If EU membership were as onerous as the Brexiteers suggest, the UK would have left decades ago. Instead it has remained a member for nearly 47 years (albeit in a comatose state for the last three).
In the decade before the 2016 referendum, fewer than 10 per cent of UK voters cited Europe as the most important issue. Indeed, as late as December 2015, a mere one per cent did. Only after the Leave vote did its salience spike (47 per cent now name it as the most important issue). In other words, contrary to David Cameron’s claims, it was the politicians who led the public rather than the public who led the politicians.
In a little-noticed piece, Dominic Cummings, Boris Johnson’s senior adviser and Vote Leave’s campaign director, argued last year that an EU referendum was a choice, not a necessity. “The idea that there was an irresistible force for a referendum is pushed by Farage’s and Cameron’s supporters,” Cummings wrote. “They are both wrong. The country supported one but without any passion outside the small fraction who had long been passionate about it. Most Tory MPs did not want it.”
Cameron, who wanted to be prime minister because he thought he’d be good at it, held a referendum because he thought he could win it and “settle” the European question. He achieved the reverse. From the moment the UK voted to leave, the status quo ceased to exist. The spectre of the 2016 referendum will forever haunt any decision to remain in the EU and there is no easy way to leave. What some truly crave is a past that no longer exists.
Since 2016, the UK’s EU membership – like Schrödinger’s cat – has been both dead and alive. Will the box soon be opened to reveal its true state?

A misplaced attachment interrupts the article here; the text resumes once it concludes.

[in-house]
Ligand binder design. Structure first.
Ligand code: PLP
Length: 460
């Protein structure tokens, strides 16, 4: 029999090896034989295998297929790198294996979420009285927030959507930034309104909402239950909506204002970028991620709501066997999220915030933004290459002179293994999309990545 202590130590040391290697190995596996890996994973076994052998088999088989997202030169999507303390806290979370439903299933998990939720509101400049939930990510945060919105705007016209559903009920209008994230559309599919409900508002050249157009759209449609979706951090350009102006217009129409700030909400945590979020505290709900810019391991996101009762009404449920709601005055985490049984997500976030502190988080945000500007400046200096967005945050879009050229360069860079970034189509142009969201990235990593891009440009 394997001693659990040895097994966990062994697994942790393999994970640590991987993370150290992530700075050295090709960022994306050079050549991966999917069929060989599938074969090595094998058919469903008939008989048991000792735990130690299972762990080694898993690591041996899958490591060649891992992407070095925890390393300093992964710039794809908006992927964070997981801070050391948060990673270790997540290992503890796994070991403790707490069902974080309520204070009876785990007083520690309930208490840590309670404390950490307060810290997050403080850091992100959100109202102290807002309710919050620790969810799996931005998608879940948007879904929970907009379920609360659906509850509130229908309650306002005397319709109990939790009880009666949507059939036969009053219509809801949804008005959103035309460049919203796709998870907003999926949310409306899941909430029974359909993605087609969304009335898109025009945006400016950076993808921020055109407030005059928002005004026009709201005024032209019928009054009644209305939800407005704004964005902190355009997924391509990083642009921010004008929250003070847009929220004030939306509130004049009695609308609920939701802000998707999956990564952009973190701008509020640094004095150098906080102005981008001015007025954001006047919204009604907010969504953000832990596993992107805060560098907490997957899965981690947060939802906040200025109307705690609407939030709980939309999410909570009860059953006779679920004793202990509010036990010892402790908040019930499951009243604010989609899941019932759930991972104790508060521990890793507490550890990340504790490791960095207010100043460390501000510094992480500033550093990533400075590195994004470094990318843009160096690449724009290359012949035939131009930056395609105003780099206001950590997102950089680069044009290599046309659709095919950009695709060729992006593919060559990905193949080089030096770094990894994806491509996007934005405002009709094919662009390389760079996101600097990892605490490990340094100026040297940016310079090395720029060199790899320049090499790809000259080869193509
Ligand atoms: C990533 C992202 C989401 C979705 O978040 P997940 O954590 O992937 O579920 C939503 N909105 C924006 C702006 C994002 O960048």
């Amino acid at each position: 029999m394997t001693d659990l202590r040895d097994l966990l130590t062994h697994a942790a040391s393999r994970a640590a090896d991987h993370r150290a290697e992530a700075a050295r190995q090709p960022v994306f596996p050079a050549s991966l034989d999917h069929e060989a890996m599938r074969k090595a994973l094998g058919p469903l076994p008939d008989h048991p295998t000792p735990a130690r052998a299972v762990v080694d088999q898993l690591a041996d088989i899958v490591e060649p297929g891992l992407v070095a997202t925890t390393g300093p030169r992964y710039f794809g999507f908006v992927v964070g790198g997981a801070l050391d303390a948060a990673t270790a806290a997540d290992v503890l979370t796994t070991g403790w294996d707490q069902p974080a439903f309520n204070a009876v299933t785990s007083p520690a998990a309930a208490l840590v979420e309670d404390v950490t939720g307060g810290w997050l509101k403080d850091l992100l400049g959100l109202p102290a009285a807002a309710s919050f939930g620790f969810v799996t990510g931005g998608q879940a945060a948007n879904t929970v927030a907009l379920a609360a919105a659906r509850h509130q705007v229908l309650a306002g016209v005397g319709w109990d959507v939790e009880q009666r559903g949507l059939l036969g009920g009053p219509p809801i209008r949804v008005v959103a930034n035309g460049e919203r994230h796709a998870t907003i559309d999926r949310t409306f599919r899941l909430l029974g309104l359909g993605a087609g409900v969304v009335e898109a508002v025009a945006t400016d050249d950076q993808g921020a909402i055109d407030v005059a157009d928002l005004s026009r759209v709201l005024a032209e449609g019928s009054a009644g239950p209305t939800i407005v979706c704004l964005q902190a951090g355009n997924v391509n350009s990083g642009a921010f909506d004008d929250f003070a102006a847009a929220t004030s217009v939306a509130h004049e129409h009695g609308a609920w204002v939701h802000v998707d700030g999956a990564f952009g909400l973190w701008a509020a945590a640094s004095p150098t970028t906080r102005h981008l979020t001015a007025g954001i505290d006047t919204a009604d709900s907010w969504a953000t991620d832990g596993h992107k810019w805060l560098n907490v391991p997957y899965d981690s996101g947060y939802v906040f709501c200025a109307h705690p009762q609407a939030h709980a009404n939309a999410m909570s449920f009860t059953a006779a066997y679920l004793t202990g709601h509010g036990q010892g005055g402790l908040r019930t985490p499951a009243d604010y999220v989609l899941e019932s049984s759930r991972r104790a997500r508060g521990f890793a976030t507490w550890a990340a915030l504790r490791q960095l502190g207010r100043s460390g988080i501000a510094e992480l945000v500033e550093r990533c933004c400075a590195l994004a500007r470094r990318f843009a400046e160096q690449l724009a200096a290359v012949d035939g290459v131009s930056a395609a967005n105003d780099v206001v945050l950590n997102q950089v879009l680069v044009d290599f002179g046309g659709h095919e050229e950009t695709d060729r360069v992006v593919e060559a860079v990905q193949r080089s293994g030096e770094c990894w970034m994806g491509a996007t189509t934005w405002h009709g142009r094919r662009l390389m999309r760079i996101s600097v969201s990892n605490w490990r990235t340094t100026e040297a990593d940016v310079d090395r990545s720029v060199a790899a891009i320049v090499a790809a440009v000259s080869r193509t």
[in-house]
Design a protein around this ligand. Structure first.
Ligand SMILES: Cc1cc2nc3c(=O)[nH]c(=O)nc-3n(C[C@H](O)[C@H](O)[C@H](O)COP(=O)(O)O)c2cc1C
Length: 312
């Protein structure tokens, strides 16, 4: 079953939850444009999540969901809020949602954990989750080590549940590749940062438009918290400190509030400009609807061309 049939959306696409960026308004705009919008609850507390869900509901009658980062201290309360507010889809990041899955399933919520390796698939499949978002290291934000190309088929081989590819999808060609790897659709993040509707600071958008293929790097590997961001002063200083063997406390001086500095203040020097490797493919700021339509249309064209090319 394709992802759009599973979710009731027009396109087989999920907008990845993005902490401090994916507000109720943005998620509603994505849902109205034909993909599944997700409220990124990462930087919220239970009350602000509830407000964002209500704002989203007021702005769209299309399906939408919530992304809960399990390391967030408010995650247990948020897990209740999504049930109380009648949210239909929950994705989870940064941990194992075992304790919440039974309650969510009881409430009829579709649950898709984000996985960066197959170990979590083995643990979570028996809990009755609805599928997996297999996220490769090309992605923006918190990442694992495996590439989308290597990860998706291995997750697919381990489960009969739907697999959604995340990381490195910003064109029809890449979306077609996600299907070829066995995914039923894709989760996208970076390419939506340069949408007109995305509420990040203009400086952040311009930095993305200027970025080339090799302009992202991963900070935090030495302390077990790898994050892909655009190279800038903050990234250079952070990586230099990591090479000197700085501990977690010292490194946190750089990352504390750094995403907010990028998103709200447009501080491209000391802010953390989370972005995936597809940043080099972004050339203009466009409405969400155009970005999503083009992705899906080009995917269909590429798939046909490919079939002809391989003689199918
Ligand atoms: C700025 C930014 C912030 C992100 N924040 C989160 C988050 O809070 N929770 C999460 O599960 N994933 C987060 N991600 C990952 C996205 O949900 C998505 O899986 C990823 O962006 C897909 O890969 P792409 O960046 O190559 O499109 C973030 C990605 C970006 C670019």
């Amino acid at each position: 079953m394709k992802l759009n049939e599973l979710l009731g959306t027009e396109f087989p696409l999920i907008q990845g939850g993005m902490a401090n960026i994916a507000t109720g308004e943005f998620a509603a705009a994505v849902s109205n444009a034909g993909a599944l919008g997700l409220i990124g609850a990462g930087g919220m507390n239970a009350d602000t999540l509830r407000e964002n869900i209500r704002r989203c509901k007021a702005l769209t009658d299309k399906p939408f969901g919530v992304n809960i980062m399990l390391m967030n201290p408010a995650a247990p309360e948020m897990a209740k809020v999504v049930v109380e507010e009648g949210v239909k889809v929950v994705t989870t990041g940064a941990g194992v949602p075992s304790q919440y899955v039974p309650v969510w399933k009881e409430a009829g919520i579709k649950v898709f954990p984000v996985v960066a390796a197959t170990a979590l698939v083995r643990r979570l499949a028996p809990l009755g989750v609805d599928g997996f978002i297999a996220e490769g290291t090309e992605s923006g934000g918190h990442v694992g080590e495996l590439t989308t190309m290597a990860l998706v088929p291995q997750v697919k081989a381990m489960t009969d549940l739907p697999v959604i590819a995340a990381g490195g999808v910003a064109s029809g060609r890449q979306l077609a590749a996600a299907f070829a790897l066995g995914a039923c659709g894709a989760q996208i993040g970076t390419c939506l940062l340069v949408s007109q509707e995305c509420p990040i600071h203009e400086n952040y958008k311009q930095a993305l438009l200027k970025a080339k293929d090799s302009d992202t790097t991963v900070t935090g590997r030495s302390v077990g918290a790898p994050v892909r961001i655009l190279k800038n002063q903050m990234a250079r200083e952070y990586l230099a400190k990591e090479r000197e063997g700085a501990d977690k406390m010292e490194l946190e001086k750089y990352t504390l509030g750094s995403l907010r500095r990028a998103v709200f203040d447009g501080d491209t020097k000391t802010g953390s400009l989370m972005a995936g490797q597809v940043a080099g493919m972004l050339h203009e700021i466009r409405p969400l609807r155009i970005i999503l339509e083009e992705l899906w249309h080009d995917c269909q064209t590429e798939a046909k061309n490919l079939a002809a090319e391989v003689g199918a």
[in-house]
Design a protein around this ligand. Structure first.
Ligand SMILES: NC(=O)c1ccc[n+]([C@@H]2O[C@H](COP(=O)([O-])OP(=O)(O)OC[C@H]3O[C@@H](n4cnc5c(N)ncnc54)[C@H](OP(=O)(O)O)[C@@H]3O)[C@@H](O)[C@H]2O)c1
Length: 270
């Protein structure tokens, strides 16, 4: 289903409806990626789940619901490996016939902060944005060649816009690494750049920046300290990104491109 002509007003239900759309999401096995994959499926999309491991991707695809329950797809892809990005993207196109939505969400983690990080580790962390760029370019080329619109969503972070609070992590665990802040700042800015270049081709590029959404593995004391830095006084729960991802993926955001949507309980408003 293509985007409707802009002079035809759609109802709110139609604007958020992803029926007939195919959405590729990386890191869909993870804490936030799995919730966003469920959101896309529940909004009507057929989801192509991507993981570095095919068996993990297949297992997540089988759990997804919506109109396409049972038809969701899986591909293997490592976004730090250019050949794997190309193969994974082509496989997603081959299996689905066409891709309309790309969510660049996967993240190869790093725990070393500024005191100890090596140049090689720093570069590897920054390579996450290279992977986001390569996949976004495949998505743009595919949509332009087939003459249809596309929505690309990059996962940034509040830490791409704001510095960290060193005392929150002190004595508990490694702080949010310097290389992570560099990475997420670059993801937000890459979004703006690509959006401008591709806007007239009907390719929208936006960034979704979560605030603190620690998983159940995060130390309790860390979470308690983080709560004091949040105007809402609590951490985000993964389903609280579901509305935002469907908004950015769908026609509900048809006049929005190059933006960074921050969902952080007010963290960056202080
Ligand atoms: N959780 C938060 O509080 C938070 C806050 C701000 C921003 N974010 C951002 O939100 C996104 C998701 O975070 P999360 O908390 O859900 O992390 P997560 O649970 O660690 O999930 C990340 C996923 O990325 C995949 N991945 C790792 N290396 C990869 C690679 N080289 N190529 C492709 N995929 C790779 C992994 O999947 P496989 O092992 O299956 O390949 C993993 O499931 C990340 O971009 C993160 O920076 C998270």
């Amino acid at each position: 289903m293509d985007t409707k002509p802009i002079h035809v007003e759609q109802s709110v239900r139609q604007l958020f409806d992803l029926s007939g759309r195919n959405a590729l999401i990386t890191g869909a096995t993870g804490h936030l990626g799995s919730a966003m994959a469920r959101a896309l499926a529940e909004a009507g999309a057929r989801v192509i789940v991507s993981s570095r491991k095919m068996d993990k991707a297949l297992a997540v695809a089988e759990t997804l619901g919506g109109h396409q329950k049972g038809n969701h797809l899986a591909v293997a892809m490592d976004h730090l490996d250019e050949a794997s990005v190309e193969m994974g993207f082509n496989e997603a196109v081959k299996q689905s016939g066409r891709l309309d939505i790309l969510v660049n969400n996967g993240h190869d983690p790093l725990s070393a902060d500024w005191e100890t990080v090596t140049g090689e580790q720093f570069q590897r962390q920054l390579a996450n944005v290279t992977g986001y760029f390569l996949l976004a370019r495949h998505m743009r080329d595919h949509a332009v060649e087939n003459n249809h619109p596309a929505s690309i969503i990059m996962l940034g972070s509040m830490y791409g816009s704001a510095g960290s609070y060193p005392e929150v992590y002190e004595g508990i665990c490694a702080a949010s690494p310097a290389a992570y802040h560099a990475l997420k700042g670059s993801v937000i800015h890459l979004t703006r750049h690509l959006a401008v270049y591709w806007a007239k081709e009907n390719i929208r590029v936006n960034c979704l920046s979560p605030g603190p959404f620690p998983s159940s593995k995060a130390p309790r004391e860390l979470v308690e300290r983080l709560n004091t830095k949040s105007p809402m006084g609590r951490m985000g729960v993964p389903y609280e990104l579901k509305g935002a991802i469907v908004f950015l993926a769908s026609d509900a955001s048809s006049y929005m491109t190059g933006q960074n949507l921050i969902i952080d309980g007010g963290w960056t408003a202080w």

Boris Johnson, it appears, is now prepared to accept a customs border between Northern Ireland and the rest of the UK – the very solution Britain rejected as unacceptable when it was proposed by the EU in February 2018. The mooted deal is already being forensically compared with Theresa May’s.
But this avoids a more revealing comparison: the deal the UK already has. At present, Britain enjoys full membership of the single market and the customs union as well as opt-outs from the euro, the borderless Schengen Zone and home affairs policy, and a £4.9bn budget rebate. It received – and then rightly reversed – an exemption from the Social Chapter, which guaranteed workers a minimum of 28 days’ paid holiday per year, maternity and paternity leave and equal rights for part-time employees.
The irony of the Brexiteers demanding “flexibility” from Brussels during the Brexit negotiations is that the EU so often showed it before. No member state has ever been granted a better deal – and no state ever will be. Any British prime minister who negotiated such an agreement today would be lauded as a supreme dealmaker (John Major, a man reviled by Brexiteers, may reasonably feel neglected).
True, the EU did not grant the UK greater control of free movement (though its economic and social benefits are plain). But Cameron was awarded notable concessions during his renegotiation of the UK’s membership. They included an official exemption from “ever closer union”, a four-year ban on in-work benefits for EU migrants (activable for seven years) and greater safeguards for the City of London.
In the case of free movement, the UK already has the flexibility to impose greater control. Though EU citizens are initially permitted to live in any member state, after three months they must prove that they are working (employed or self-employed), a registered student or have “sufficient resources” (savings or a pension) to support themselves and not be “a burden on the benefits system”. Far from being unconditional, then, the right to free movement is highly qualified.
Johnson’s proposed deal, should it be concluded, will be lauded as superior to May’s agreement and no-deal. But this neglects the most unflattering comparison: it will be profoundly worse than the deal the UK already has.